The Nationalist Movements in India were organized mass movements emphasizing and raising questions concerning the interests of the people of India. In most of these movements, people were themselves encouraged to take action. Due to several factors, these movements failed to win Independence for India. However, they did promote a sense of nationalism among the people of the country. The failure of these movements affected many people as they withdrew from Government offices, schools, factories and services. Though they did manage to get a few concessions such as those won by the Salt March in 1930, they did not help India much from the point of view of their objective.

vjv, Nizamiyat, the local nawabs of Oudh and Bengal and other smaller powers. Each was a strong regional power influenced by its religious and ethnic identity. However, the East India Company ultimately emerged as the predominant power. One of the results of the social, economic and political changes instituted in the country throughout the greater part of 18th century was the growth of the Indian middle class. Although from different backgrounds and different parts of India, this middle class and its varied political leaderships contributed to a growing "Indian" identity".[1] The realisation and refinement of this concept of national identity fed a rising tide of nationalism in India in the last decades of the 19th century.[2][3][4]

The Swadeshi movement encouraged the Indian people to stop using British products and start using their own handmade products. The original Swadeshi movement emanated from the partition of Bengal in 1905 and continued up to 1908. The Swadeshi movement which was a part of the Indian freedom struggle was a successful economic strategy to remove the British empire and improve economic conditions in India.The Swadeshi movement soon stimulated local enterprise in many areas. Lokmanya Bal Gangadhar Tilak, Bipin Chandra Pal, Lala Lajpat Rai, V. O. Chidambaram Pillai, Sri Aurobindo, Surendarnath Banerji, Rabindranath Tagore were some of the prominent leaders of this movement. The trio also known as LAL BAL PAL.The Swadeshi movement was the most successful.The name of Lokmanya began spreading around and people started following him in all parts of the country.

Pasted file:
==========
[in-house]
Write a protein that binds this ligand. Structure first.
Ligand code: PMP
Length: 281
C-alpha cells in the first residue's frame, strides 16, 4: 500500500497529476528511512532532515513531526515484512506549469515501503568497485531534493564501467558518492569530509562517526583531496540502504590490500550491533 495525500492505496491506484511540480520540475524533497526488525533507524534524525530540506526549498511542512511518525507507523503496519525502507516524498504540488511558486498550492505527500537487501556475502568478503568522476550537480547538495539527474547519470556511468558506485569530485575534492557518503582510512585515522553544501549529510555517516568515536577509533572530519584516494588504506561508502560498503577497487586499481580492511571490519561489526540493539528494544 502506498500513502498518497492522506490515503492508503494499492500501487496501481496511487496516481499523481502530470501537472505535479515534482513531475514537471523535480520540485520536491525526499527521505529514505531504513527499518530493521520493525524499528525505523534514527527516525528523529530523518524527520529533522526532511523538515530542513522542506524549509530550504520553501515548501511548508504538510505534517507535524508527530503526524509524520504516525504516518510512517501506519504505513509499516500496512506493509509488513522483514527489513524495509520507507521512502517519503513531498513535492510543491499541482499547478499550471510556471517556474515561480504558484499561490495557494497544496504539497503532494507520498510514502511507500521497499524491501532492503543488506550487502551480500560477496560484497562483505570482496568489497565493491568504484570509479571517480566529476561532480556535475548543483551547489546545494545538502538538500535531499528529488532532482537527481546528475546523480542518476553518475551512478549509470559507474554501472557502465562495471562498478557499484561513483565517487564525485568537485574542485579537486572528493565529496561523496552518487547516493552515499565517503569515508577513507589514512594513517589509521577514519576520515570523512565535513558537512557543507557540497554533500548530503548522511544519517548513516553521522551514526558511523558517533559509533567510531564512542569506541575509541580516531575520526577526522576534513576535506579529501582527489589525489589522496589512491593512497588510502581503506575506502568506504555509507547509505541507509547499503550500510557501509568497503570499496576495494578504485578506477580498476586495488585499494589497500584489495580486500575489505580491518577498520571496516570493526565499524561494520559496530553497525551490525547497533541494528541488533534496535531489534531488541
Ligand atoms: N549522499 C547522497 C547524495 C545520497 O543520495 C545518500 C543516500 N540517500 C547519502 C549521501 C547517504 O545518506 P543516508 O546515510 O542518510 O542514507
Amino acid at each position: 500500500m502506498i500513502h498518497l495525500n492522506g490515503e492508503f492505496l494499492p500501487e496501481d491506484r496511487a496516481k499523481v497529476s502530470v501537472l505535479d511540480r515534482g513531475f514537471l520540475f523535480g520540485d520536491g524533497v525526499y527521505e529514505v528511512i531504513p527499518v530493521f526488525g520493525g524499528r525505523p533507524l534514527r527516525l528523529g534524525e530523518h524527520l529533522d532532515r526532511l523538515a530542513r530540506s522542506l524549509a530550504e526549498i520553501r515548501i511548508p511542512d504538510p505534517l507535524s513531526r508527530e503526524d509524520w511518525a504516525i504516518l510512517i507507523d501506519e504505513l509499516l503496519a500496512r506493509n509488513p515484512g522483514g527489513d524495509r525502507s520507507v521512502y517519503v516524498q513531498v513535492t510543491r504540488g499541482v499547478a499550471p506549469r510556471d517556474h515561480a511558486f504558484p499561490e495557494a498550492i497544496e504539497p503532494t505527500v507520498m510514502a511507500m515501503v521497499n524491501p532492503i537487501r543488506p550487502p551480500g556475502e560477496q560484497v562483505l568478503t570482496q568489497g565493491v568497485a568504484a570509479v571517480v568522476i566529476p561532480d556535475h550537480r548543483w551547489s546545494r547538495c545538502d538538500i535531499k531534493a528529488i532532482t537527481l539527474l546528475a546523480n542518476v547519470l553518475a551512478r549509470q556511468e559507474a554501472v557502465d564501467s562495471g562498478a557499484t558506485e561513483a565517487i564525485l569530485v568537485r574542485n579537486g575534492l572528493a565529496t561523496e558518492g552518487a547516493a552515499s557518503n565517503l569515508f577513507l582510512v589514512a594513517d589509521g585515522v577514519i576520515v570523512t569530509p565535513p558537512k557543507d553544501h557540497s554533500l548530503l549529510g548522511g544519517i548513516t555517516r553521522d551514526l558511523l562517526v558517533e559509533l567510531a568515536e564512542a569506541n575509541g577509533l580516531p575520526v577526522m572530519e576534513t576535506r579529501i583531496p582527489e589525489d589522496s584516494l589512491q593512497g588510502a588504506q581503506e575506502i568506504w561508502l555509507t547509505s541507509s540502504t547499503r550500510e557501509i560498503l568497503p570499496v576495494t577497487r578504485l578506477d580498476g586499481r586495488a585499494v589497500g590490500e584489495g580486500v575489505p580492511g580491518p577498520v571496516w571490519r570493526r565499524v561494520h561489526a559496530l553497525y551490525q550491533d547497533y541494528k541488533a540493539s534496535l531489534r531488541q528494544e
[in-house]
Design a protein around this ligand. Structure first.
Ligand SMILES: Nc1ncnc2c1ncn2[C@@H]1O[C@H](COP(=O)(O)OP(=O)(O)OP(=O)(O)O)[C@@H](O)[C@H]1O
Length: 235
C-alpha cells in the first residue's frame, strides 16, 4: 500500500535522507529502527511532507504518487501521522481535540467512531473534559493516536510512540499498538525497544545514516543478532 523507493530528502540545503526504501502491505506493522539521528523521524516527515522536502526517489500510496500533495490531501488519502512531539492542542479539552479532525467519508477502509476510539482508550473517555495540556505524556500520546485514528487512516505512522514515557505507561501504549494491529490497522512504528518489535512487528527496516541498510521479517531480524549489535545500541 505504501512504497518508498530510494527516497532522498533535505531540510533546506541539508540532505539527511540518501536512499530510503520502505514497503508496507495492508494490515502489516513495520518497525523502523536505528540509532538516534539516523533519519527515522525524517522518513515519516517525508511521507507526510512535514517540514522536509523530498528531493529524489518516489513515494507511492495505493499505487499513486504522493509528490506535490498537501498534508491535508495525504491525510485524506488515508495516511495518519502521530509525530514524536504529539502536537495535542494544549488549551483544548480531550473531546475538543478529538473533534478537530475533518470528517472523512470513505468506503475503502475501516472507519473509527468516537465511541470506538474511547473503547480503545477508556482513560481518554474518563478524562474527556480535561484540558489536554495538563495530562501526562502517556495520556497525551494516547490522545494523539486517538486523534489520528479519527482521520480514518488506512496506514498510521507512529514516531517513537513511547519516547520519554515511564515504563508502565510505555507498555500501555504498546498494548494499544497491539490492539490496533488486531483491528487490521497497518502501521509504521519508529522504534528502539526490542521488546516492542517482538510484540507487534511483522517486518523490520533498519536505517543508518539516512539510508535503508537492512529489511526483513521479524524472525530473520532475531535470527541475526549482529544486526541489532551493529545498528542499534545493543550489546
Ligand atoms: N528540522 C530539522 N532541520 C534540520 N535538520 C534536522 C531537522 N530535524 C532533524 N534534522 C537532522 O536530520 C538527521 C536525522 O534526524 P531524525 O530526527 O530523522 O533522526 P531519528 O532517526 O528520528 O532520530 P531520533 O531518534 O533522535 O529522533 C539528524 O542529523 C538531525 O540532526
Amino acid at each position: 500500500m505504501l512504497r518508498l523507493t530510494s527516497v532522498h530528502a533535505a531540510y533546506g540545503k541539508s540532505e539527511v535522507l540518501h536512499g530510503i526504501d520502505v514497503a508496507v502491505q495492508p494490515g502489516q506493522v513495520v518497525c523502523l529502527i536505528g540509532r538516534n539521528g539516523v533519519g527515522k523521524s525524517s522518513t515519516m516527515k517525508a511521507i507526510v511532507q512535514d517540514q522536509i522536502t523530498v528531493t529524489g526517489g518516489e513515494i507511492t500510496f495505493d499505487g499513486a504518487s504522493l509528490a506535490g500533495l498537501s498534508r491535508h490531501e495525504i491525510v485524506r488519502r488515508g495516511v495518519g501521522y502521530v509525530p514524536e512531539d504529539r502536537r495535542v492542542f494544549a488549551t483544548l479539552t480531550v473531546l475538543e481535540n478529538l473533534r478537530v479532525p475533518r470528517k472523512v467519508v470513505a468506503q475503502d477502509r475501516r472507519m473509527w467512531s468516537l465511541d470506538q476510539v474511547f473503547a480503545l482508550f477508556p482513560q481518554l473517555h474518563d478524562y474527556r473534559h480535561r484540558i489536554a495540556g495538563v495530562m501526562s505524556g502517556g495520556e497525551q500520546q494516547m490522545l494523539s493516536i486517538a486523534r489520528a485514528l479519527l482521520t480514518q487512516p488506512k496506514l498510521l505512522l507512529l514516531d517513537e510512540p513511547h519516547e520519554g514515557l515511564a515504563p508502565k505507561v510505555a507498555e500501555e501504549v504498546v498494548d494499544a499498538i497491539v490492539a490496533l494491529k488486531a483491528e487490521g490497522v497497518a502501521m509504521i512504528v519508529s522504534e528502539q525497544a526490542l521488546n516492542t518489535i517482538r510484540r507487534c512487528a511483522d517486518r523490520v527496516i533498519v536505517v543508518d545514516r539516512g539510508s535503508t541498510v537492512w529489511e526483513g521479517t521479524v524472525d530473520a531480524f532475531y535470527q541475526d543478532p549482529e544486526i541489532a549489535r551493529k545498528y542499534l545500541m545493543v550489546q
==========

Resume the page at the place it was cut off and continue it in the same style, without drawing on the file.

Indian text industry also played an important role in the freedom struggle of India. The merchandise of the textile industry pioneered the Industrial revolution in India and soon England was producing cotton cloth in such great quantities that the domestic market was saturated and foreign markets were required to sell the production. On the other hand, India was rich in cotton produce and was in a position to supply British mills with the raw material, they required. This was the time when India was under British rule and the East India Company had already established its roots in India. Raw materials went to England at very low rates and cotton cloth of refined quality was brought back to India and sold here at very high prices. This was draining India's economy and the textile industry of India suffered greatly. This led to a great resentment among cotton cultivators and traders.

To add fuel to the fire Lord Curzon announced the partition of Bengal in 1905, and there was a massive opposition from the people of Bengal. Initially the partition plan was opposed through press campaign. The total follower of such techniques led to the boycott of British goods and the people of India pledged to use only swadeshi or Indian goods and to wear only Indian cloth. Imported garments were viewed with hate. At many places, public burnings of foreign cloth were organized. Shops selling foreign cloths were closed. The cotton textile industry is rightly described as swadeshi industry. The period witnessed the growth of swadeshi textile mills. Swadeshi factories came into existence everywhere.

According to Surendranath Banerji, swadeshi movement changed the entire texture of our social and domestic life. The songs composed by Rabindranath Tagore, Rajinikant Singh and Syed Abu Mohd became the moving spirit for the nationalists. The movement soon spread to the rest of the country and the partition of Bengal had to be firmly inhaled on the first of April, 1912.

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